New guidance issued by the Financial Crimes Enforcement Network (FinCEN), the Financial Intelligence Unit (FIU) of the United States, tackles the convergence of ransomware, cryptocurrencies, money laundering, and terrorist financing.
The Financial Trend Analysis focuses on patterns and trends in the first half of 2021 and explores data on suspicious activity reports (SARs) filed by financial institutions to FinCEN. It follows the launch of the agency’s priorities for AML/CFT policy in June, which highlighted ransomware as an acute cybercrime concern.
The analysis provides important insight into the growing global threat of ransomware for compliance teams.
The report notes that there has been a rapid growth in the number of ransomware-related SARs filed between January and June, with 635 SARs filed and 458 transactions reported, a 30% increase from 487 SARs filed for the whole of 2020. The total value of suspicious activity reported in ransomware-related SARs during the first half of 2021 was $590m – up from $416m for the whole of 2020.
FinCEN identifies six main money laundering typologies attributed to ransomware variants in 2021 that firms will want to ensure their alert thresholds are appropriately set to detect:
- Threat actors increasingly requesting payments in anonymity-enhanced cryptocurrencies (AECs)
- Threat actors avoiding the reuse of wallet addresses
- Centralized convertible virtual currency (CVC) exchanges are preferred cash-out points
- ‘Chain hopping’ (converting a CVC into a different CVC at least once before moving funds to another service or platform) used to obscure financial trails on blockchains
- Prevalence of mixing services (websites or software designed to conceal the source or owner of CVC)
- Decentralized exchanges used to convert illicit proceeds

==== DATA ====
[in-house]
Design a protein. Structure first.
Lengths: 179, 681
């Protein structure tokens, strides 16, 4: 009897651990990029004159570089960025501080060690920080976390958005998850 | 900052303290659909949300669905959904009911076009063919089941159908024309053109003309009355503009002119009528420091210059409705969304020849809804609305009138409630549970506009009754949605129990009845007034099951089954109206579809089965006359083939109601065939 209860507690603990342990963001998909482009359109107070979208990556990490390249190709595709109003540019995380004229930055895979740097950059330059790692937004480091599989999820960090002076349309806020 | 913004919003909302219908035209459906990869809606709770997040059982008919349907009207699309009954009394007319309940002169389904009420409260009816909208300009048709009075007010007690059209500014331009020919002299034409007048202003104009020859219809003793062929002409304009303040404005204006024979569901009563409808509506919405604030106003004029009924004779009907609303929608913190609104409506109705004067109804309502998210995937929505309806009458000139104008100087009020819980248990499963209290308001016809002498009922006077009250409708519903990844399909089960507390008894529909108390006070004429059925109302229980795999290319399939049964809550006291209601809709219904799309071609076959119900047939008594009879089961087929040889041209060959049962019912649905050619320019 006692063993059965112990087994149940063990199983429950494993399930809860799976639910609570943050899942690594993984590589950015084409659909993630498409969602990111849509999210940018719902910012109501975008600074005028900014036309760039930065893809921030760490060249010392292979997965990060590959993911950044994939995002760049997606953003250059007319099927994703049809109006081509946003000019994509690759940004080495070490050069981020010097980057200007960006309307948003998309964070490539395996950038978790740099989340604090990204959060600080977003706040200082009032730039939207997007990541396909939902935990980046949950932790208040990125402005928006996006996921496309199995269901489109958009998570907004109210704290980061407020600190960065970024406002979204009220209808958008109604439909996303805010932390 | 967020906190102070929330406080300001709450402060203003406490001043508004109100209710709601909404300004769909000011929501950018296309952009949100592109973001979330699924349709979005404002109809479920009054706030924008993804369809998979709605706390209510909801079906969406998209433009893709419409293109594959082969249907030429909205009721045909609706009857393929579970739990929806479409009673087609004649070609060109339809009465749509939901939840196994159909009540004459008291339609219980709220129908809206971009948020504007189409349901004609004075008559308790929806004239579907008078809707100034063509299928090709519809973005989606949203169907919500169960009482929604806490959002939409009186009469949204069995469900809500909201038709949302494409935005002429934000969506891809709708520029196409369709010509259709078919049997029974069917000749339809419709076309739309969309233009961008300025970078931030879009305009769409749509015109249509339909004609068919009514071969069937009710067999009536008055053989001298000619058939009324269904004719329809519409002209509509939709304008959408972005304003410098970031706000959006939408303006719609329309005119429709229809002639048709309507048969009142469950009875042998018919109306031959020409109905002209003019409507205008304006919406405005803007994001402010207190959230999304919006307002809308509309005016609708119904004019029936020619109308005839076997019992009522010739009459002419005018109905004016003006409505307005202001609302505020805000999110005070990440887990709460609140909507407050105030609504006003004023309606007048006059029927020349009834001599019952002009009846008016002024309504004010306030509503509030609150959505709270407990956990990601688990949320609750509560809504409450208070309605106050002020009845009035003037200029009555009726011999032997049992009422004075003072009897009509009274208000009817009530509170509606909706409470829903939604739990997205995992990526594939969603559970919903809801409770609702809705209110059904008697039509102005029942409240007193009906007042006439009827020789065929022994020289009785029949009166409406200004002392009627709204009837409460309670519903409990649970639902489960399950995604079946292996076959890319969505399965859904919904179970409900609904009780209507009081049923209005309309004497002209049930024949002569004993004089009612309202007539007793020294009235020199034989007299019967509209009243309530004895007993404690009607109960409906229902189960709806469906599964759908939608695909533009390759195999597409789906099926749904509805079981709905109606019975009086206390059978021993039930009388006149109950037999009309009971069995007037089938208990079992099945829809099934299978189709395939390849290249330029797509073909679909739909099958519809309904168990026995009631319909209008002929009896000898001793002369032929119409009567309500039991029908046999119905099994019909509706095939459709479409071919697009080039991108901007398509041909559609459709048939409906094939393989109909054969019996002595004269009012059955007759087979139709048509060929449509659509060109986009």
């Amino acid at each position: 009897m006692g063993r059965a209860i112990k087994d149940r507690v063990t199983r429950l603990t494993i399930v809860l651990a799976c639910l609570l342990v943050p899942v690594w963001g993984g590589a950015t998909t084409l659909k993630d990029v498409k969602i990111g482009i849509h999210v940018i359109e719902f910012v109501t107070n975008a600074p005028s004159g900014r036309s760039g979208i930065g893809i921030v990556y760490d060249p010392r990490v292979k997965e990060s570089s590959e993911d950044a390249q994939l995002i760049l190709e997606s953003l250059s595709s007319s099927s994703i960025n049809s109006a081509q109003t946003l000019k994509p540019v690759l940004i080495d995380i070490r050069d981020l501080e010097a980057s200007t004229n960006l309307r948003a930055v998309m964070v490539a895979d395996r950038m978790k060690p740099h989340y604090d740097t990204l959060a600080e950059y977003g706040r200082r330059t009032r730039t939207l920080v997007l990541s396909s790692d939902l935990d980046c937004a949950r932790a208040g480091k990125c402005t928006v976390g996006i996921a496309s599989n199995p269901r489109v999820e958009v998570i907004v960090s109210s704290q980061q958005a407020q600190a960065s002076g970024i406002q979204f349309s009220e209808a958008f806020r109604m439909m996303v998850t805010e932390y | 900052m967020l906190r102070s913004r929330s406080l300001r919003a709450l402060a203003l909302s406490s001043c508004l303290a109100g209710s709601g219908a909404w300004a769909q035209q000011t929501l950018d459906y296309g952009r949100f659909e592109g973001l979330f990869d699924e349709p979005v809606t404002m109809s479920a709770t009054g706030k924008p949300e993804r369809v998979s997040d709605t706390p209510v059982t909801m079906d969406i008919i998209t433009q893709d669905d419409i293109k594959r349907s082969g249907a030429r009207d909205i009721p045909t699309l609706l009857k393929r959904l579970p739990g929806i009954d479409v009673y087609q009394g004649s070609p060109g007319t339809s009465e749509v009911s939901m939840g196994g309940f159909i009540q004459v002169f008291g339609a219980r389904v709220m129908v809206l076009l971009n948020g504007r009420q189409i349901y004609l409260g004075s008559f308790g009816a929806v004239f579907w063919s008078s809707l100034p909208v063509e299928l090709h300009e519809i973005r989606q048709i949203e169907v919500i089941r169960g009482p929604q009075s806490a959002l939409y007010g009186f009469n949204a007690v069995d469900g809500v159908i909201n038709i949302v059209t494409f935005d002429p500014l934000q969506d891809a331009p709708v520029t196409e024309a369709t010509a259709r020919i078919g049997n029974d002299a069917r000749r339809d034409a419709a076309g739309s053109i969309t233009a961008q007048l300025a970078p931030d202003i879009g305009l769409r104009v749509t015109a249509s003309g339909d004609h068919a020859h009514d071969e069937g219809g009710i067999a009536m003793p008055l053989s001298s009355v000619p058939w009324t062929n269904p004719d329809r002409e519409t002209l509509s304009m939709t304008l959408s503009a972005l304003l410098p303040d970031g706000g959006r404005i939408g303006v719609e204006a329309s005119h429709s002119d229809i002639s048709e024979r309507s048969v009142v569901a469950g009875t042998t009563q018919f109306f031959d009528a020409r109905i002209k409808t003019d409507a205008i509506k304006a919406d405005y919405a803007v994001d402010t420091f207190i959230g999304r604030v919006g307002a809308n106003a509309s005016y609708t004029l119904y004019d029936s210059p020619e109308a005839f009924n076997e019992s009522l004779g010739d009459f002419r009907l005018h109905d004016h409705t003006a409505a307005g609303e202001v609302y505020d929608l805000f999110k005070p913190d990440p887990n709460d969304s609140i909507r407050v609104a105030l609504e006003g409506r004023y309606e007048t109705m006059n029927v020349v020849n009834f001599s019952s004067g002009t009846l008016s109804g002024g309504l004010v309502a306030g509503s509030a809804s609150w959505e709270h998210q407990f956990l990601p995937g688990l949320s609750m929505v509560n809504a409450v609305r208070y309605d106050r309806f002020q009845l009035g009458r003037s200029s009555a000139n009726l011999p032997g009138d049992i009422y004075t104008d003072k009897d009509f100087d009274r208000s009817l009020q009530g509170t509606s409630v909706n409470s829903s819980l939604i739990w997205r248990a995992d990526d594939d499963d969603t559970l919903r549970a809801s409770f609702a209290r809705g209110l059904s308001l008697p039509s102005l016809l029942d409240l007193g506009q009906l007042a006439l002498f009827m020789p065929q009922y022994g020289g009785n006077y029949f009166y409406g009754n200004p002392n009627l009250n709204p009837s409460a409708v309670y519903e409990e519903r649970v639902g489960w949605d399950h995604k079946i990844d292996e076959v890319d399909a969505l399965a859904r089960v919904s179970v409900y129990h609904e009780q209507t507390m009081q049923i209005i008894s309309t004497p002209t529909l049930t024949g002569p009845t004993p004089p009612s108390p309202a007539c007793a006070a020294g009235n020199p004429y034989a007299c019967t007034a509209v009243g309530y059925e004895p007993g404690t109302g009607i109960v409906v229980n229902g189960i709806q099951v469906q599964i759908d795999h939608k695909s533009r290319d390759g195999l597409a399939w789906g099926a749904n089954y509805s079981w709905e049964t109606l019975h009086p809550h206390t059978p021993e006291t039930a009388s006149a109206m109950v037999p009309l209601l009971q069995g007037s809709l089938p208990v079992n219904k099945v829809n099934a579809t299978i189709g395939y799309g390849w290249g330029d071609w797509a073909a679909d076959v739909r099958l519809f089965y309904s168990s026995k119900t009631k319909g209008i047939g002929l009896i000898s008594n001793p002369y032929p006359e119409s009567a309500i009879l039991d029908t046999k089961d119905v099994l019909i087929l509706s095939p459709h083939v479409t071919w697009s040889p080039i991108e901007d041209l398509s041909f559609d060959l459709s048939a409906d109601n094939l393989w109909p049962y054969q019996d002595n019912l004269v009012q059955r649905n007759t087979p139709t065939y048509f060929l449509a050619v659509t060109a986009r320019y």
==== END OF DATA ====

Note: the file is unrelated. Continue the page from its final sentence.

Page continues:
FinCEN also calls out Bitcoin as the most common ransomware-related payment method in reported transactions.
Recommendations to detect and mitigate cybersecurity concerns such as ransomware include: incorporating indicators of compromise (IOCs) from threat data sources into intrusion detection and security alert systems; contacting law enforcement immediately when any activity related to ransomware is suspected; highlighting cyber event indicators such as suspicious email addresses, file names, hashes, domains and IP addresses; and reviewing FinCEN’s advisory on financial red flag indicators of ransomware.
Rogue states such as North Korea have been using cryptocurrencies to commit cyber-attacks and financial crimes globally. It is believed the country is behind a growing number of thefts targeting major crypto exchanges, as well as ransomware attacks where the demanded payment is in cryptocurrency. In February, US authorities announced that three North Korean hackers had been indicted for stealing or extorting more than $1.3bn in cash and cryptocurrency from financial institutions and companies.
Preventative action in Asia Pacific
Countries throughout Asia Pacific have been tightening their regulatory and reporting practices to try and address the threat of ransomware.
In September, The Australian Cyber Security Centre reported a 15% increase in ransomware reports in 2020-21, with cyber ransoms becoming “one of the most significant threats to Australian organizations”.
The following month, the country launched its Ransomware Action Plan, setting out a comprehensive strategy to target criminals, including through new criminal charges (such as the buying or selling of malware for computer crimes) and allowing authorities to seize digital currencies linked with ransomware payments and freeze accounts. Companies with annual turnovers of more than $10m, who are hit by ransomware, will also be forced to report the incident.
Meanwhile, The Monetary Authority of Singapore has produced guidance aimed at Strengthening AML/CFT Controls of Digital Payment Token Service Providers.
In October, representatives from 32 countries including Australia, New Zealand, Japan, South Korea, and Singapore, attended a virtual Counter Ransomware Initiative Meeting hosted by the White House National Security Council, to discuss “the escalating threat ransomware poses to the global community”.
An agreement was signed to consider a range of urgent actions — including diplomacy, resilience, countering illicit finance, disruption, and other law enforcement efforts — to protect states from the threat of ransomware. A joint statement acknowledged ransomware as “one of the most significant cyber threats” with “serious economic and security consequences”.
Read more about the latest trends in crypto, decentralized finance, and cybercrime with our Mid-Year Review Report.
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